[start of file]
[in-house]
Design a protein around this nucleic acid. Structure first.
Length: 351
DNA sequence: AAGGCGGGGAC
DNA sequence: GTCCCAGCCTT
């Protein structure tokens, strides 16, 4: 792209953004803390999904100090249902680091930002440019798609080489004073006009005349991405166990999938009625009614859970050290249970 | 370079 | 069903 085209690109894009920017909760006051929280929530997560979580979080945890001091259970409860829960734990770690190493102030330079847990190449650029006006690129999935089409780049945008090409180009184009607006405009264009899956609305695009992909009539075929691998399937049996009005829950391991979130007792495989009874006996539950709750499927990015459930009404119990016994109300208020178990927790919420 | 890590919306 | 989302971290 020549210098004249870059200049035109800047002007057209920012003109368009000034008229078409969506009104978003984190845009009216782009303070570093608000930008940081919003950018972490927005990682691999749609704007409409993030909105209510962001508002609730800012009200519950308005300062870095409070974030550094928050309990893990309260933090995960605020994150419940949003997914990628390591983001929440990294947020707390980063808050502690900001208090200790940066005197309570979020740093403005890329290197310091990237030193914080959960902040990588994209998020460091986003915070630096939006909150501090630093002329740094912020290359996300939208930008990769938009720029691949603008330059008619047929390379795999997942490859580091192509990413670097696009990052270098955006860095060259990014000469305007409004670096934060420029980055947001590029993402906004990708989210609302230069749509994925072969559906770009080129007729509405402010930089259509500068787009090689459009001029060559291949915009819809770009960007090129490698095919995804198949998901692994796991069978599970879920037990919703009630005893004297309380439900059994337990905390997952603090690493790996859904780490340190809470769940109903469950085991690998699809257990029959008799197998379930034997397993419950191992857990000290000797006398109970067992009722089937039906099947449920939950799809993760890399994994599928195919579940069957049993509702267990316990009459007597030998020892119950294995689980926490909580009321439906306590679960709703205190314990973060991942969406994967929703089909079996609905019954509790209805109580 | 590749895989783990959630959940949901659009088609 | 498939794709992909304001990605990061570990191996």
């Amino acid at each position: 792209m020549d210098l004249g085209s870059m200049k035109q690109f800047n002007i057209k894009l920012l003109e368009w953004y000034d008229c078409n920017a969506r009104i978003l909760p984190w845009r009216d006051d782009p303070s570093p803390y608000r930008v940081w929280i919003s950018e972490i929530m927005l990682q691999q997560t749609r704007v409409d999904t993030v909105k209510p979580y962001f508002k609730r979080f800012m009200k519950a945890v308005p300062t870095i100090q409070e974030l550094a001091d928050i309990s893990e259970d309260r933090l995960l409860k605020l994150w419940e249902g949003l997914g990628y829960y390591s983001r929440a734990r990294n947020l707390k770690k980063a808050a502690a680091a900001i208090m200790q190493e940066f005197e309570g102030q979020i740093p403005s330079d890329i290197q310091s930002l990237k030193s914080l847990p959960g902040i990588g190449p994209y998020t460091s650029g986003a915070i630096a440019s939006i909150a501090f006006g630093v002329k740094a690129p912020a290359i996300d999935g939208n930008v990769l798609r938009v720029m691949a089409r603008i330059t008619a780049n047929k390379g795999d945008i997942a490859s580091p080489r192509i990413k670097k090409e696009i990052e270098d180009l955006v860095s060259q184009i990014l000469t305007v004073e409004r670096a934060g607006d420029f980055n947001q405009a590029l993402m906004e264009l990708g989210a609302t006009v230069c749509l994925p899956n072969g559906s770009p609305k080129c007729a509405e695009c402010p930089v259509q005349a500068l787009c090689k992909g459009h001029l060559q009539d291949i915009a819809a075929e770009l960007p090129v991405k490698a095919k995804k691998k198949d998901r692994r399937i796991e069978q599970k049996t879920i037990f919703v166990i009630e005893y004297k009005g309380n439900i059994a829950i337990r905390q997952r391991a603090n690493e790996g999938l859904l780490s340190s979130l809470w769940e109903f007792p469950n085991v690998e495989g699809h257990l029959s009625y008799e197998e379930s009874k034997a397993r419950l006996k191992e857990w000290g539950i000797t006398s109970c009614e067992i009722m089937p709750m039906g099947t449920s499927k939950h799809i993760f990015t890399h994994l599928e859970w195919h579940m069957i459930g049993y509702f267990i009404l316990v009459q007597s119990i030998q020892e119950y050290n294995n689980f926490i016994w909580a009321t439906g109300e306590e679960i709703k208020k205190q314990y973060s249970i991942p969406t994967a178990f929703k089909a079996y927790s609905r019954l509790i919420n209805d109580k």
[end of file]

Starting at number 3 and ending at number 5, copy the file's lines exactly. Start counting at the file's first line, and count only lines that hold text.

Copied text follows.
Length: 351
DNA sequence: AAGGCGGGGAC
DNA sequence: GTCCCAGCCTT